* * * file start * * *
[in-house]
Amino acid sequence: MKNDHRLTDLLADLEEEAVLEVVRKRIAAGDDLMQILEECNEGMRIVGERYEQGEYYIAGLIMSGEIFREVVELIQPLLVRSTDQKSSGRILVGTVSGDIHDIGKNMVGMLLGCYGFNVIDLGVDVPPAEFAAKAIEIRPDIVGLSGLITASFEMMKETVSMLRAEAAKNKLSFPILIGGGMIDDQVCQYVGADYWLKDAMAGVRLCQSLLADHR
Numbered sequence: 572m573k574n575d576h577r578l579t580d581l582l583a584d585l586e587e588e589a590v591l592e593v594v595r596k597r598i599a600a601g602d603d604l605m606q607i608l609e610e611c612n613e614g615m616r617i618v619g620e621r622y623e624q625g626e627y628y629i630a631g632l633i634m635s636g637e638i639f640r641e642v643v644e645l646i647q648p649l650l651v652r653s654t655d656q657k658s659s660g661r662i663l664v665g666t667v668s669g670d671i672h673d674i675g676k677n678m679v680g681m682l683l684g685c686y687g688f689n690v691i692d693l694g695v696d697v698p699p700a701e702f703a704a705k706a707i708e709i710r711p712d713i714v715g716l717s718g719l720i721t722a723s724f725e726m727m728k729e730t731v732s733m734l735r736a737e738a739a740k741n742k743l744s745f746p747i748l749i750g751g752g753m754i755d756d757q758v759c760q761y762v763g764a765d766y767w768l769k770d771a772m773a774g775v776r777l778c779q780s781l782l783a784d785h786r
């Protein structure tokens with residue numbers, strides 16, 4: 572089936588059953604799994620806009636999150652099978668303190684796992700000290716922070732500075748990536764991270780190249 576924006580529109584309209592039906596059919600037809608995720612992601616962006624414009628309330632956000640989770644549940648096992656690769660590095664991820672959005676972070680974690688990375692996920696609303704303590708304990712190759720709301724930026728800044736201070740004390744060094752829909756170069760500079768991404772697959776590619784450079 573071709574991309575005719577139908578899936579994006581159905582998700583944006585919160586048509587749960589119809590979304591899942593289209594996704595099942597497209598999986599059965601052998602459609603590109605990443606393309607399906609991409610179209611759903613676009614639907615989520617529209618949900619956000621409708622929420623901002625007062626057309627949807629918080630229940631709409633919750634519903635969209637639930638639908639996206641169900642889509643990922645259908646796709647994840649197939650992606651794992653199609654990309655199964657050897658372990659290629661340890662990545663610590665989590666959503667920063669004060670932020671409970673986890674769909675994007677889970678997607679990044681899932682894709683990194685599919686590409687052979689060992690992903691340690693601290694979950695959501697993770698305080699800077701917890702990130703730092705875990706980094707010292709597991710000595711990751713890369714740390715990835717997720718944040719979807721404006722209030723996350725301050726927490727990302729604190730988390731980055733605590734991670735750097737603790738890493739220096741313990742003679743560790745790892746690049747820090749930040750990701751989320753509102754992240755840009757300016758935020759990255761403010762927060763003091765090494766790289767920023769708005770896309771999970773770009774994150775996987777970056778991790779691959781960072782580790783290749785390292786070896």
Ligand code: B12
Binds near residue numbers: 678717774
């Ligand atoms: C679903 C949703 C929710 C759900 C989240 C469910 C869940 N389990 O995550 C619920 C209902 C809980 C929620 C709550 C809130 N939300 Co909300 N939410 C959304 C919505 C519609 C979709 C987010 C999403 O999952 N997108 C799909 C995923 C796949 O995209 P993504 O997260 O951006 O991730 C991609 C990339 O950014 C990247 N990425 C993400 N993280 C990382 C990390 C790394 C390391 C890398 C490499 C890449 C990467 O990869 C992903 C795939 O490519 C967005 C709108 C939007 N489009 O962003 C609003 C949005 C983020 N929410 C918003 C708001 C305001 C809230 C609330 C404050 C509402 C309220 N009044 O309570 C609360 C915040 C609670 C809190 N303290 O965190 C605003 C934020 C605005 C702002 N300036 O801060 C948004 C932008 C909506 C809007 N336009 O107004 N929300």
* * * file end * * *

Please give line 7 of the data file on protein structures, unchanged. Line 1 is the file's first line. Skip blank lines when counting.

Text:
């Ligand atoms: C679903 C949703 C929710 C759900 C989240 C469910 C869940 N389990 O995550 C619920 C209902 C809980 C929620 C709550 C809130 N939300 Co909300 N939410 C959304 C919505 C519609 C979709 C987010 C999403 O999952 N997108 C799909 C995923 C796949 O995209 P993504 O997260 O951006 O991730 C991609 C990339 O950014 C990247 N990425 C993400 N993280 C990382 C990390 C790394 C390391 C890398 C490499 C890449 C990467 O990869 C992903 C795939 O490519 C967005 C709108 C939007 N489009 O962003 C609003 C949005 C983020 N929410 C918003 C708001 C305001 C809230 C609330 C404050 C509402 C309220 N009044 O309570 C609360 C915040 C609670 C809190 N303290 O965190 C605003 C934020 C605005 C702002 N300036 O801060 C948004 C932008 C909506 C809007 N336009 O107004 N929300």